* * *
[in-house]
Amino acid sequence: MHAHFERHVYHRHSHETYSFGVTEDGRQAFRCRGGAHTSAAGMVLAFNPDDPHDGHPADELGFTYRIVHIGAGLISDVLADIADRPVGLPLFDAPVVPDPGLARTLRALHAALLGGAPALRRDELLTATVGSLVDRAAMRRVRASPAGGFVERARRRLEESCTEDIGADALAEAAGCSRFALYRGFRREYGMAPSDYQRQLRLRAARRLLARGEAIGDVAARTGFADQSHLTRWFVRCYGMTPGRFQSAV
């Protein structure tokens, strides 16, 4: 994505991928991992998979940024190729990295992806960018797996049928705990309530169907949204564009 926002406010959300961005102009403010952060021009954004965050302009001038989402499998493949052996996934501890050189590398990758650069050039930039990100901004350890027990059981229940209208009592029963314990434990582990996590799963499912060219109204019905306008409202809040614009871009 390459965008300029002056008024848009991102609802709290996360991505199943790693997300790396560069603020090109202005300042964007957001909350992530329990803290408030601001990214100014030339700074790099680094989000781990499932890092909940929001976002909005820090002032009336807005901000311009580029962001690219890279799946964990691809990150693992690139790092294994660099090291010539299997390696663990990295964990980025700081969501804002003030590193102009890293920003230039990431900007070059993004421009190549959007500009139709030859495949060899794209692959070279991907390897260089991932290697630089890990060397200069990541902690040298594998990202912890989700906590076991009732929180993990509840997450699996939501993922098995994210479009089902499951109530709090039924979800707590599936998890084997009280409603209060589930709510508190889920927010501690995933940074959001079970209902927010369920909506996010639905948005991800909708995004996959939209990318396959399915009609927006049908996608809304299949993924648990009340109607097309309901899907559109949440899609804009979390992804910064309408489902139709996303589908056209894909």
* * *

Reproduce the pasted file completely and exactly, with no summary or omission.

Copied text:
[in-house]
Amino acid sequence: MHAHFERHVYHRHSHETYSFGVTEDGRQAFRCRGGAHTSAAGMVLAFNPDDPHDGHPADELGFTYRIVHIGAGLISDVLADIADRPVGLPLFDAPVVPDPGLARTLRALHAALLGGAPALRRDELLTATVGSLVDRAAMRRVRASPAGGFVERARRRLEESCTEDIGADALAEAAGCSRFALYRGFRREYGMAPSDYQRQLRLRAARRLLARGEAIGDVAARTGFADQSHLTRWFVRCYGMTPGRFQSAV
């Protein structure tokens, strides 16, 4: 994505991928991992998979940024190729990295992806960018797996049928705990309530169907949204564009 926002406010959300961005102009403010952060021009954004965050302009001038989402499998493949052996996934501890050189590398990758650069050039930039990100901004350890027990059981229940209208009592029963314990434990582990996590799963499912060219109204019905306008409202809040614009871009 390459965008300029002056008024848009991102609802709290996360991505199943790693997300790396560069603020090109202005300042964007957001909350992530329990803290408030601001990214100014030339700074790099680094989000781990499932890092909940929001976002909005820090002032009336807005901000311009580029962001690219890279799946964990691809990150693992690139790092294994660099090291010539299997390696663990990295964990980025700081969501804002003030590193102009890293920003230039990431900007070059993004421009190549959007500009139709030859495949060899794209692959070279991907390897260089991932290697630089890990060397200069990541902690040298594998990202912890989700906590076991009732929180993990509840997450699996939501993922098995994210479009089902499951109530709090039924979800707590599936998890084997009280409603209060589930709510508190889920927010501690995933940074959001079970209902927010369920909506996010639905948005991800909708995004996959939209990318396959399915009609927006049908996608809304299949993924648990009340109607097309309901899907559109949440899609804009979390992804910064309408489902139709996303589908056209894909």